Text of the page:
“Jin-Soo,” he wept into the dirt, “what have you done… why… why didn’t you just listen to her?!” His fist pounded the earth before it flattened out and pushed him up. Propping himself up against the panel of the truck between door and tray, Jin trailed on. Vomiting out a mumble of words, he slammed the back of his head into pick-up over and over.

Behind him the sounds of the engine petered away oddly mimicking the dulling cries of the animals hidden around. The breeze whipped the dust in the air, latching it to the tear stained face of the man causing Jin to violently cough. Mucus and drool erupted from his nose and mouth as he gagged for air. It took him a full minute to calm down, ending with him scrunching up the bottom of his t-shirt and lifting it to wipe his face. By the time he dropped it back down, the world had stopped in its tracks.

A stillness seized everything around him. Branches refused to sway in the wind, power to the engine cut with a small click, the woods fell ill with silence and goosebumps lined the man's skin as the temperature dropped degrees at a time. Static from the speakers began to creep forth like the silhouette of a predator stalking their prey, raising the hairs on the back of Jin’s neck. The full faced moon forced a gap in the clouds, slowly painting the area in a faint white glow.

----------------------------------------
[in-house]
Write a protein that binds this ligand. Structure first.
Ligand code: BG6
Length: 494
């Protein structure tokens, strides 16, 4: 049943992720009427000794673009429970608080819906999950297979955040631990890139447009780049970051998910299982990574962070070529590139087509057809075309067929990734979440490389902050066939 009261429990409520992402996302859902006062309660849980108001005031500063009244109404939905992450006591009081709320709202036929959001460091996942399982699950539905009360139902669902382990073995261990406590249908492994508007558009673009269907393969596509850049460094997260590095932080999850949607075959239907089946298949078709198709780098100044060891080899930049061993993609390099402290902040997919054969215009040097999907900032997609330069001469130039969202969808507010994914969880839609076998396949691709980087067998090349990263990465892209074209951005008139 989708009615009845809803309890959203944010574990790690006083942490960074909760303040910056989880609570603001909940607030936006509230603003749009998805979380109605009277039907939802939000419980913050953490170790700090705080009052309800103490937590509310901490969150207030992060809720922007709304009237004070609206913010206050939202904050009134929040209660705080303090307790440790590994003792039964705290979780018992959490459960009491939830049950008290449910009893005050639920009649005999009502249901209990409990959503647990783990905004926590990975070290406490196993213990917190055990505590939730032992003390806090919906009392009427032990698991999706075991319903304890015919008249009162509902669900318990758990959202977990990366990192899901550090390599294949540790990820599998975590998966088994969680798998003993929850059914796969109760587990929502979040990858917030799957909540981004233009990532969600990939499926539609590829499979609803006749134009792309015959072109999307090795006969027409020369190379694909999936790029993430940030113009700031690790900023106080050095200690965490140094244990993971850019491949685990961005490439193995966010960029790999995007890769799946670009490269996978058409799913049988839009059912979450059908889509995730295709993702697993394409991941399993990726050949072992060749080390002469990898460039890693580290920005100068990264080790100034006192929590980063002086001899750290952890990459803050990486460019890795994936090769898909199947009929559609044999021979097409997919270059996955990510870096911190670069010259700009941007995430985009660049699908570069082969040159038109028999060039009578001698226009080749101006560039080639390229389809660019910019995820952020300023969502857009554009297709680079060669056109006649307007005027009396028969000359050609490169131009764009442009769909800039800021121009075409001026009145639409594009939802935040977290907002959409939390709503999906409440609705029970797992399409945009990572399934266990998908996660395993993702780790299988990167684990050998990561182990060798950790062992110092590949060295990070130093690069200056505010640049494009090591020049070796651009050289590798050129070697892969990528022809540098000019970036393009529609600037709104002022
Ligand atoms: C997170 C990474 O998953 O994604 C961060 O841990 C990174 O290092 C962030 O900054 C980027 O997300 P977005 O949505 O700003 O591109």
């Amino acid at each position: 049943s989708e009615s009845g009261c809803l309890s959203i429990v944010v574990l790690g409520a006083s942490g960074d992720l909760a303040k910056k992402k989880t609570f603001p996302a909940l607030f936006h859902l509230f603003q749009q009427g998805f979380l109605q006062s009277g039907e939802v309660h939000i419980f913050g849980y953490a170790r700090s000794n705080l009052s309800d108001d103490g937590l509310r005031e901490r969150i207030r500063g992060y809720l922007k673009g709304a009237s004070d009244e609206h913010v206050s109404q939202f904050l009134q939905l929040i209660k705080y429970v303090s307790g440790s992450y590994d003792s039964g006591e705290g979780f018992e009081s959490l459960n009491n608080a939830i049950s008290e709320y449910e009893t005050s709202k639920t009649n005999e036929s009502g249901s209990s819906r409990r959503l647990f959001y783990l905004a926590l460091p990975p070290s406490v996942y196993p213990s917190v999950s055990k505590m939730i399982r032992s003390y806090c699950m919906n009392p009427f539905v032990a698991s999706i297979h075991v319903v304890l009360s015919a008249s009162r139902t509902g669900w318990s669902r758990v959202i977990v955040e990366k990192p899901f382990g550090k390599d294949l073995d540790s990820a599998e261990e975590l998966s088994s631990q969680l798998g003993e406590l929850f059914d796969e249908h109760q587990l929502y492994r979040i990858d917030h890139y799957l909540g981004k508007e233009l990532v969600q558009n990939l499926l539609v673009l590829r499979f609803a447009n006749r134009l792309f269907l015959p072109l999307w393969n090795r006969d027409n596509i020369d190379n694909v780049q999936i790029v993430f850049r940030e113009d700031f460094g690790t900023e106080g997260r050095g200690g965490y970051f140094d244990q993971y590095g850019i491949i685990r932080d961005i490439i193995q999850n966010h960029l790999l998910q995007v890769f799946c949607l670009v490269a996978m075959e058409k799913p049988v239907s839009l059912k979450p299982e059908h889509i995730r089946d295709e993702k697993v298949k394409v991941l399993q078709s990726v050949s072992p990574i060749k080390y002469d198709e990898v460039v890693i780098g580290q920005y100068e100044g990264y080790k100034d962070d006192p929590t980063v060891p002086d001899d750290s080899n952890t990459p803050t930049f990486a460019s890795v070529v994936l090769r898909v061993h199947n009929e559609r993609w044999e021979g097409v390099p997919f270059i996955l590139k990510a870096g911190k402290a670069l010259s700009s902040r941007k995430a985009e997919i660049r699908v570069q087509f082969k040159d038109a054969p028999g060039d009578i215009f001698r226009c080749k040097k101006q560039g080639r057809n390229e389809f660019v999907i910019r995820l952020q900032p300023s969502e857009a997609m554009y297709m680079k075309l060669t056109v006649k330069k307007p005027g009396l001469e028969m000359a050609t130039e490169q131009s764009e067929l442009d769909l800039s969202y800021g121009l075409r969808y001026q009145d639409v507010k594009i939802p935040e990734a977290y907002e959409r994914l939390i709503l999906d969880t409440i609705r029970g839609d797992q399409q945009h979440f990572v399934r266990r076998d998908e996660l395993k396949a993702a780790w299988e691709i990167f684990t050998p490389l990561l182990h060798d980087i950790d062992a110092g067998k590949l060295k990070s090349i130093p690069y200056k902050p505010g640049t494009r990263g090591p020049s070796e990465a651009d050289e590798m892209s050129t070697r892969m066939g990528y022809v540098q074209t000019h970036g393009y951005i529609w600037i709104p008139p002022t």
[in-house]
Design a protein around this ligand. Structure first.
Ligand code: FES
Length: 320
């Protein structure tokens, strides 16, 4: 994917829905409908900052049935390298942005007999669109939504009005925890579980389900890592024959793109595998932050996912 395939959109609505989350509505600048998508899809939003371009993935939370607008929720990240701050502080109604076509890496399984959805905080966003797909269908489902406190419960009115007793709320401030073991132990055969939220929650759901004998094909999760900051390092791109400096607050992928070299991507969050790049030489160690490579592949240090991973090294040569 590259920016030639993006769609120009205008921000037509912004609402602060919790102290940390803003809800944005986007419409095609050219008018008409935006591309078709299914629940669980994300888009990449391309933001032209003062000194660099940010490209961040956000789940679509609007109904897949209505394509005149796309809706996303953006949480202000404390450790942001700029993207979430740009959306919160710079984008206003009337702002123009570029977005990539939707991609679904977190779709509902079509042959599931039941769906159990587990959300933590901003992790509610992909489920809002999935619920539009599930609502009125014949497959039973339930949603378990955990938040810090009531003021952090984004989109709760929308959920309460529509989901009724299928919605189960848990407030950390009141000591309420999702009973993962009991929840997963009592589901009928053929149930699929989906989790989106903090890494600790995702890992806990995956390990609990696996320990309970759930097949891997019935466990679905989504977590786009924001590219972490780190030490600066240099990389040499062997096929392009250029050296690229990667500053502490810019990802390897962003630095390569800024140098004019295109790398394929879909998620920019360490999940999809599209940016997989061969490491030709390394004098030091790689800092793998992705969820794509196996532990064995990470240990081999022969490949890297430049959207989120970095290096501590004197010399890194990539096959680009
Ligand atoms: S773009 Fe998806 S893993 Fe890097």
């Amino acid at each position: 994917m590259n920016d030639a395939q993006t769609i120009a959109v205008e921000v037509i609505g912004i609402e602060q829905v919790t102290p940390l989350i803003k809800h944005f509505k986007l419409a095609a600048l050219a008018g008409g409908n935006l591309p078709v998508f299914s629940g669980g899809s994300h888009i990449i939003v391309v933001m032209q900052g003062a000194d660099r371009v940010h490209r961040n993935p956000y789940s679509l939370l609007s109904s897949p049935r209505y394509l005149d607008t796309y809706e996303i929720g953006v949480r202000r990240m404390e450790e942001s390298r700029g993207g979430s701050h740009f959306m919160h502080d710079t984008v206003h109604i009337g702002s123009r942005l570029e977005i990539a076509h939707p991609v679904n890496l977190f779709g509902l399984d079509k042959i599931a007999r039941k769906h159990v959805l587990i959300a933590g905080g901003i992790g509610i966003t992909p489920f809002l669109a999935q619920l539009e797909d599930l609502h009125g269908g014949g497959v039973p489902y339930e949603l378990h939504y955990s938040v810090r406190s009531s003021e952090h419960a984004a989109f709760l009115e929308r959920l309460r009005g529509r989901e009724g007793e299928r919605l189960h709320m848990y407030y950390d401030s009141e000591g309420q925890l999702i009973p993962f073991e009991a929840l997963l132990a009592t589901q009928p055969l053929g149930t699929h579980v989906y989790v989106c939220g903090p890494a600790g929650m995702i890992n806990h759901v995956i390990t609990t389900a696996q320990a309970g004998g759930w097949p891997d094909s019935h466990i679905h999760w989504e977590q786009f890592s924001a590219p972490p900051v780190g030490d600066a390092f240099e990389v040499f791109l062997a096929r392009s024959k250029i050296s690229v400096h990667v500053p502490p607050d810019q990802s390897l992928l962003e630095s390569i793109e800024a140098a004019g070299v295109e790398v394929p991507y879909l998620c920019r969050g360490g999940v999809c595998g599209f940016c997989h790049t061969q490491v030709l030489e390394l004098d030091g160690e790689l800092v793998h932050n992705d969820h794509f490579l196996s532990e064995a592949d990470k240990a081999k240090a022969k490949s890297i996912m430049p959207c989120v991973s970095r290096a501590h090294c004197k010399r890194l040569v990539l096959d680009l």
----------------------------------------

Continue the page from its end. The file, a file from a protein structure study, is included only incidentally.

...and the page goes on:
Unable to move, Jin’s eyes followed the line of light as it slowly made its way towards the rickety old cabin. Originally bought by his brother with the intent of using it for fishing trips, the place hadn’t been seen by a visitor in years. There it sat, slowly falling apart piece by piece, the passage of time it's only decorator. Here and now, the cabin appeared in the light as one would expect, crooked, beaten and ravaged. All except for its door.

Life returned to Jin’s body once more with him standing and taking a few cautious steps forward. Cocking his head to the side and squinting his eyes, the man could only make out the outline of the door. It loomed large and solid, directly contrasting the dilapidated shack around it. Wearily he continued on, the sight in front of him slowly growing more and more familiar, until…


Jin stopped dead in his tracks.

“No...” his head shook, “no-no.”

A tremor began to take hold of his right hand, the shake coiling its way up his arm like a serpent climbing a tree.